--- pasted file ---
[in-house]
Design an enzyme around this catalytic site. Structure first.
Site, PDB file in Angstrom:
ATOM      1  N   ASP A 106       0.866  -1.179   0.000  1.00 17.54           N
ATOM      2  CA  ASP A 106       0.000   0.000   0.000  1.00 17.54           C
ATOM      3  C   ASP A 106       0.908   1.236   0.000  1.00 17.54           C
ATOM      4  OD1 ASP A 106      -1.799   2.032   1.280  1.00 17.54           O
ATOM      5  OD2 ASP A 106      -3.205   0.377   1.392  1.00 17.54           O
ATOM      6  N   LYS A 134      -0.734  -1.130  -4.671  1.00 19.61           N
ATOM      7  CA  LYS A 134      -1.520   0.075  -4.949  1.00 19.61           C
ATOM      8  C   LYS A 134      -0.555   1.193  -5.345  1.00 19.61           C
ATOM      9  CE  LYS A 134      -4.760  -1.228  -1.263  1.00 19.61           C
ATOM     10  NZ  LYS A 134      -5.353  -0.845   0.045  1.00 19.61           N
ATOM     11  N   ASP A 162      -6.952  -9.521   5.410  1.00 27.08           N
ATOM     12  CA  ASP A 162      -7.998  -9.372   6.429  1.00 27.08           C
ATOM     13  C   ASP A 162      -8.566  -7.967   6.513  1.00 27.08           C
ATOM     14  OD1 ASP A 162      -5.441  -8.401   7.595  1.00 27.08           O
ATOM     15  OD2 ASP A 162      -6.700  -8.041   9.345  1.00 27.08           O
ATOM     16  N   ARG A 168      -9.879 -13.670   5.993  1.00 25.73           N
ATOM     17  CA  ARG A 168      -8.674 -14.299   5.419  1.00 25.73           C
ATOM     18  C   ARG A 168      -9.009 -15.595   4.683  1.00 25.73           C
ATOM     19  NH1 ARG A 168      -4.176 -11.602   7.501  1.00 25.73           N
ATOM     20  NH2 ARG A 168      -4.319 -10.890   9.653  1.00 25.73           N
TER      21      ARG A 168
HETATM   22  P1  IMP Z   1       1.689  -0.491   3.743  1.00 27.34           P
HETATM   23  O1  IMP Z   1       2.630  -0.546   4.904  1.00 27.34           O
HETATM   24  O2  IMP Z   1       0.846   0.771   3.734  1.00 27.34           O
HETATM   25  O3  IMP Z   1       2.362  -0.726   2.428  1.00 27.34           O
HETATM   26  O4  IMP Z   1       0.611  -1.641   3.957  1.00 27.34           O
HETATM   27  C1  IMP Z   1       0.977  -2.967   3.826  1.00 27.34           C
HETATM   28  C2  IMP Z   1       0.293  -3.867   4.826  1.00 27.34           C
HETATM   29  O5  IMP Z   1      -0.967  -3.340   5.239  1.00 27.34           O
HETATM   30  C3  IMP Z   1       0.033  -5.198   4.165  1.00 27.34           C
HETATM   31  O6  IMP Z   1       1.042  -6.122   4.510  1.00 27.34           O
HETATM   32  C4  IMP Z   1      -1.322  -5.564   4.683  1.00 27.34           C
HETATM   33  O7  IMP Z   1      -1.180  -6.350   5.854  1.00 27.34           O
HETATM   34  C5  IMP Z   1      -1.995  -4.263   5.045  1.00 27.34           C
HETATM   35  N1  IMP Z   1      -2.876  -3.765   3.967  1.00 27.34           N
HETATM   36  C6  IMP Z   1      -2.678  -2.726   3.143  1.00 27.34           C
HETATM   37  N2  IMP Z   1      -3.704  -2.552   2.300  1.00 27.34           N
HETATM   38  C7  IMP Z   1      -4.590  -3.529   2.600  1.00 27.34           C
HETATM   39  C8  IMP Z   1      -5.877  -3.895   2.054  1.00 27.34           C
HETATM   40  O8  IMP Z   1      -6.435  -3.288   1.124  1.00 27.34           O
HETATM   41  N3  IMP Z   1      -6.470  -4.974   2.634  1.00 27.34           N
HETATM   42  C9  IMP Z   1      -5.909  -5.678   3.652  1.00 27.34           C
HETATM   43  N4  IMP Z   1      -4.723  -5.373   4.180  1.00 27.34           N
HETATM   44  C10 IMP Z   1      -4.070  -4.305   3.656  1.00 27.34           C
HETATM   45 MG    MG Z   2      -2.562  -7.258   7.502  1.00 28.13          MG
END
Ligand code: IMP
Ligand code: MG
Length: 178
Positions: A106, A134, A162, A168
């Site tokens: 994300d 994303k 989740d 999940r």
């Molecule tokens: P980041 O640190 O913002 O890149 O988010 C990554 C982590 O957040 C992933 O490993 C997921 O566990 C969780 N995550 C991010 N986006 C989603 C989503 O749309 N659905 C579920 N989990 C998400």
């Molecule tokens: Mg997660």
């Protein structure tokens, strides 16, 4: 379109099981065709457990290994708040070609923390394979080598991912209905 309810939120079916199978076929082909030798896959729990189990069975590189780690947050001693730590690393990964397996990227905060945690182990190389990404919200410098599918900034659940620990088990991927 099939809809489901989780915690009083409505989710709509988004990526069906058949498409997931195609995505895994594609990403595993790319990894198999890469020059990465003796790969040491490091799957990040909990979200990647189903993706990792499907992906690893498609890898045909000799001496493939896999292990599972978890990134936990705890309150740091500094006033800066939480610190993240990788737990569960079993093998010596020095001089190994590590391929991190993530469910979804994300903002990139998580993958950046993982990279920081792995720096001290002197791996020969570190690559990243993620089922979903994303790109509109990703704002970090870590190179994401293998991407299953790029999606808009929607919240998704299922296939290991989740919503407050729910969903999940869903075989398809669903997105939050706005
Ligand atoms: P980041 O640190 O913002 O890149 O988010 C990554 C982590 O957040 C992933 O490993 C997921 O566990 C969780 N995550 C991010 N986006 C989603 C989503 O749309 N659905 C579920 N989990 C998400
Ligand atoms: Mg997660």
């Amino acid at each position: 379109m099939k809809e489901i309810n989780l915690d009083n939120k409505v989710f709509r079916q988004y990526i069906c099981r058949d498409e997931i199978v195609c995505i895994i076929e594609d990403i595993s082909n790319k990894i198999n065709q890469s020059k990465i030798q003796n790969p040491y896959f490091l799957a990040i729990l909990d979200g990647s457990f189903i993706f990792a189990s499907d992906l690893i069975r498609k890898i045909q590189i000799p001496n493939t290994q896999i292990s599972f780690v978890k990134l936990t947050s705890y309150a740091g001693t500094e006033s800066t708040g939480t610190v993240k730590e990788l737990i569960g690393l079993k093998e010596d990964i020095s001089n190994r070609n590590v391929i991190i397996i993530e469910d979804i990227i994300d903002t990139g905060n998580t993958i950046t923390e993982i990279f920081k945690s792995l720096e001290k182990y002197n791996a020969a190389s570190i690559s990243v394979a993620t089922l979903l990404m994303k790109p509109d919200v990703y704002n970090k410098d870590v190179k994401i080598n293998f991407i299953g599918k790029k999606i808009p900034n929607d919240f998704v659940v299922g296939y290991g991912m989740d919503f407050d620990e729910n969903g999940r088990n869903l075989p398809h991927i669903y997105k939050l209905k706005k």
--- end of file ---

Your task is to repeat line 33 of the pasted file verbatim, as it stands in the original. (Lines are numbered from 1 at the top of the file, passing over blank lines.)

HETATM   30  C3  IMP Z   1       0.033  -5.198   4.165  1.00 27.34           C